Flock Friday for June 21

Welcome to the second Flock Friday!

Okay, sure, I cheated with the bonus Flock Monday… but a good thing too, as I have 147 photos since then. I have managed to cull them down to just 30 for this post.

Let’s start with the Ducklings. They have definitely learned that I provide treats when I visit them in each morning:

Duckling treats

They love swim time:

Ducklings

Water flowing off the duckling’s head after dunking:

Ducklings

The buff ones like to keep an eye on me, hoping for more treats:

Ducklings

Water everywhere:

Ducklings

Ducklings

Ducklings

The brown-billed buff duckling still hasn’t been swimming, so I decided to show it (and wash it) by grabbing it and dunking it in the water… which of course it wasn’t too thrilled about, but I think worthwhile:

Dunking duckling

No hard feelings:

Ducklings

A quick look at the wild birds. I temporarily mounted my mobile cam on a post by the bird feeders, so I could watch them with the new feeders. I’m pleased to say that they are effective against the pigeons, that swarm in and clear out the feeders, leaving little for other birds. The pigeons can still eat the dropped seed on the ground:

Pigeons

Pigeons

Birds on feeders

On to the chicks:

Chicks

Chicks

Chicks

Chicks

Chicks

Me in the coop, with a chick on my hand:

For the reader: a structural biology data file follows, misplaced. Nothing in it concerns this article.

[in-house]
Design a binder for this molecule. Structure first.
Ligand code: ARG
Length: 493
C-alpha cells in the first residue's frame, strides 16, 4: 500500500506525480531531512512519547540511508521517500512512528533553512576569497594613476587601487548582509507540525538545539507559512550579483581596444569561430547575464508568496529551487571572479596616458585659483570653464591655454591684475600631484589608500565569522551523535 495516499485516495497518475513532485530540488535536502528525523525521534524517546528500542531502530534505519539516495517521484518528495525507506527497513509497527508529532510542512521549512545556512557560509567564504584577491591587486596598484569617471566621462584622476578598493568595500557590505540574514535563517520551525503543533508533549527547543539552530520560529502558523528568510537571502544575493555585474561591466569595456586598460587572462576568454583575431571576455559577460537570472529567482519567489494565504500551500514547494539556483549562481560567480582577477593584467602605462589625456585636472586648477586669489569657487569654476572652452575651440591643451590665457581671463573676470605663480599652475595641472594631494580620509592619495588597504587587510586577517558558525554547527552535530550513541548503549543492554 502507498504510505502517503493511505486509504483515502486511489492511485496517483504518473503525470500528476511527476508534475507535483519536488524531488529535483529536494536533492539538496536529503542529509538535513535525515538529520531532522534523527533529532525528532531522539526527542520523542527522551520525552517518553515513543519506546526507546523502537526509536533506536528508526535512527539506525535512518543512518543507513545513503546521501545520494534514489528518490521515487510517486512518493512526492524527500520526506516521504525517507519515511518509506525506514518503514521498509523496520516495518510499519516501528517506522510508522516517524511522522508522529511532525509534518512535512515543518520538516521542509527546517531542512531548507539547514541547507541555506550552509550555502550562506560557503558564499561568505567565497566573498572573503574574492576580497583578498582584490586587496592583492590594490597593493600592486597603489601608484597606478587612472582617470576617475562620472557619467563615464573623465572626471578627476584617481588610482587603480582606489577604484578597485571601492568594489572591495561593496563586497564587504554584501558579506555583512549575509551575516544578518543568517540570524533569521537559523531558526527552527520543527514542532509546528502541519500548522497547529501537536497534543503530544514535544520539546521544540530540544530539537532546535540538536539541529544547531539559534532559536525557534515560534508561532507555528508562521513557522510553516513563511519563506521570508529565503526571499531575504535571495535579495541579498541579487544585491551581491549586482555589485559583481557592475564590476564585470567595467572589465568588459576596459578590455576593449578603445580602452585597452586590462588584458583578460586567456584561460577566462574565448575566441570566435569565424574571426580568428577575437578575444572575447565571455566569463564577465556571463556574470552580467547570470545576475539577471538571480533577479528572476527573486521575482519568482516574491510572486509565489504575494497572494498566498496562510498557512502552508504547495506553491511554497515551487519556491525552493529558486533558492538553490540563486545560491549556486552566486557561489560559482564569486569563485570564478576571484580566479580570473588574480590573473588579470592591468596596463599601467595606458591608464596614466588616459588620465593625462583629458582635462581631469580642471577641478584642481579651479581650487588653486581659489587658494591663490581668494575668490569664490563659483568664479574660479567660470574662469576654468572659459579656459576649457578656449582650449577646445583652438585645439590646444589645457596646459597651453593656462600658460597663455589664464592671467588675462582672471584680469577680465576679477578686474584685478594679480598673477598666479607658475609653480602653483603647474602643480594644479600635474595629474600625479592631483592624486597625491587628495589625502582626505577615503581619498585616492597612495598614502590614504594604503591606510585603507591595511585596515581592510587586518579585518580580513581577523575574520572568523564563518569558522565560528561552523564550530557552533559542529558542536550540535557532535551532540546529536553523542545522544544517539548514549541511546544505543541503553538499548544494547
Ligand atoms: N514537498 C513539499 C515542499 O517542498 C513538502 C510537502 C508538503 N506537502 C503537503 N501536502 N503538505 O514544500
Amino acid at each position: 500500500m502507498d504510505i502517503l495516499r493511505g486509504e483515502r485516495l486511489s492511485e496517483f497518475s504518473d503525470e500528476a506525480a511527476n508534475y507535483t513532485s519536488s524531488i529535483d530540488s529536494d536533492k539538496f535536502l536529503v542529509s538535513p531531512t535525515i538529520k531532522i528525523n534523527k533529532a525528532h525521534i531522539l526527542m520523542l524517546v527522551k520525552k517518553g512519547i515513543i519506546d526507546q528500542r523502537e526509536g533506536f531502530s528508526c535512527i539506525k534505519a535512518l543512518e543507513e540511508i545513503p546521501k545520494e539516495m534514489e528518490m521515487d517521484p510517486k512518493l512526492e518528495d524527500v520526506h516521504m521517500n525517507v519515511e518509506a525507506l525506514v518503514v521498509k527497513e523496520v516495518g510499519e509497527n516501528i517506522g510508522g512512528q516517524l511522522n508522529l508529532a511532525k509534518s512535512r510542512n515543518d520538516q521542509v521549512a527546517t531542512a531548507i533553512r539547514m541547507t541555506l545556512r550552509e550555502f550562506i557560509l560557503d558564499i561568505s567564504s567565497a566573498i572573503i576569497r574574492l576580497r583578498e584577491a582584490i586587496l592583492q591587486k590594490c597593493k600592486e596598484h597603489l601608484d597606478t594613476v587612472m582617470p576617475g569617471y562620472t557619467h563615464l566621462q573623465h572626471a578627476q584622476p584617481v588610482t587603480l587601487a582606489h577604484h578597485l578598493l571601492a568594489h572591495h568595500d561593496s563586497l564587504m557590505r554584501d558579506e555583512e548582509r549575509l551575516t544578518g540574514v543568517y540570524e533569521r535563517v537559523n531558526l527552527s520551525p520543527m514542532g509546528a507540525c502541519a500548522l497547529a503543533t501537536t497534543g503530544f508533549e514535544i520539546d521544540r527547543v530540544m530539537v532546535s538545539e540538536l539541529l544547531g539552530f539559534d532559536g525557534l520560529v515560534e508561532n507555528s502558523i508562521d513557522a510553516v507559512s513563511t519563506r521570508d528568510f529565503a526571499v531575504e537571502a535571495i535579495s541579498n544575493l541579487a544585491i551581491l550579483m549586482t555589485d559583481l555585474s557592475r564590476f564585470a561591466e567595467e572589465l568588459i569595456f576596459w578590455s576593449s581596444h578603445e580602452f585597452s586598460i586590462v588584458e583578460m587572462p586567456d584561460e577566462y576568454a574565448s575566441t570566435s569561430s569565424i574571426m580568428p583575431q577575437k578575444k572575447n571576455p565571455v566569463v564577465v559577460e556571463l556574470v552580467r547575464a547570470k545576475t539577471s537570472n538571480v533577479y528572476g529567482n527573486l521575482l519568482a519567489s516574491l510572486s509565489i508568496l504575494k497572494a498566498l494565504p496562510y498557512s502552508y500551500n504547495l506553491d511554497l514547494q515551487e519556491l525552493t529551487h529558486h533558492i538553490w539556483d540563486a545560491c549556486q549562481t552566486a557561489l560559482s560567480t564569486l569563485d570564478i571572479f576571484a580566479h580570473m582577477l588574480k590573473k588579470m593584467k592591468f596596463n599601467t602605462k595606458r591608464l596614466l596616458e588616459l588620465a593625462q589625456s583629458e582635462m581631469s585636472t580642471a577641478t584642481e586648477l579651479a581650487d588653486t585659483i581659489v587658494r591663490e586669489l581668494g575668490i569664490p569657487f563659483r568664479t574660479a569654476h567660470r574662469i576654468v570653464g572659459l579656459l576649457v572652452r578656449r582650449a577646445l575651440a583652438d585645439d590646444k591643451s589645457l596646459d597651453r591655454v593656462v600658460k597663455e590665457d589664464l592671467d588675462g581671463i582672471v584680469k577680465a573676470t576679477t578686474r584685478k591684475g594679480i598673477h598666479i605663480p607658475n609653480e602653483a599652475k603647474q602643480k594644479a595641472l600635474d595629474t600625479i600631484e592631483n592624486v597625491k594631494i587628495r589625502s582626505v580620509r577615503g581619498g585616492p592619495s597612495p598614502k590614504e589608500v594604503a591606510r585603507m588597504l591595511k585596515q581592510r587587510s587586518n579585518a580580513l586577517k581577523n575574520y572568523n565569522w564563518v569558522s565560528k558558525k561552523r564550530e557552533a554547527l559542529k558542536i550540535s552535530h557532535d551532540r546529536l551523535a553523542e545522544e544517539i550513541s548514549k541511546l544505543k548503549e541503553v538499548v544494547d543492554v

David with a chick on the hand

Chick on the hand

Back to the ducklings:

Ducklings

Duckling

Little duckling wings:

Ducklings

Ducklings

Finally, a look at the older chickens. Here they are hanging out in the run:

Chickens

There was some excitement yesterday; it appears a chicken broke an egg, hopefully accidentally (it happens sometimes), then ran away with the shell (which is unusual). Others chased her, and there was some fun for a while. I hope they don’t get in the habit of that, though:

Chickens

Here I’m turning over some logs in the chicken run, to expose the tasty bugs hiding underneath:

David in chicken run

And me in the chicken coop, collecting eggs. The girls are hunting for dried mealworms that I scattered on the floor, their evening treat:

David in chicken coop

Sunset by the chicken run:

Sunset by chicken run

Chickens settling down for the night on the roosting bars, as the pop door automatically closes when it gets dark:

Chickens

In the morning, chickens squeezing out the pop door as it opens:

Chickens

I hope you enjoyed this flock update!

Flock Monday? Bonus chicks & ducks

I’ve been taking so many pictures of the chicks and ducklings each day, I can’t save them up for #FlockFriday. So here’s a bonus post to help your Monday!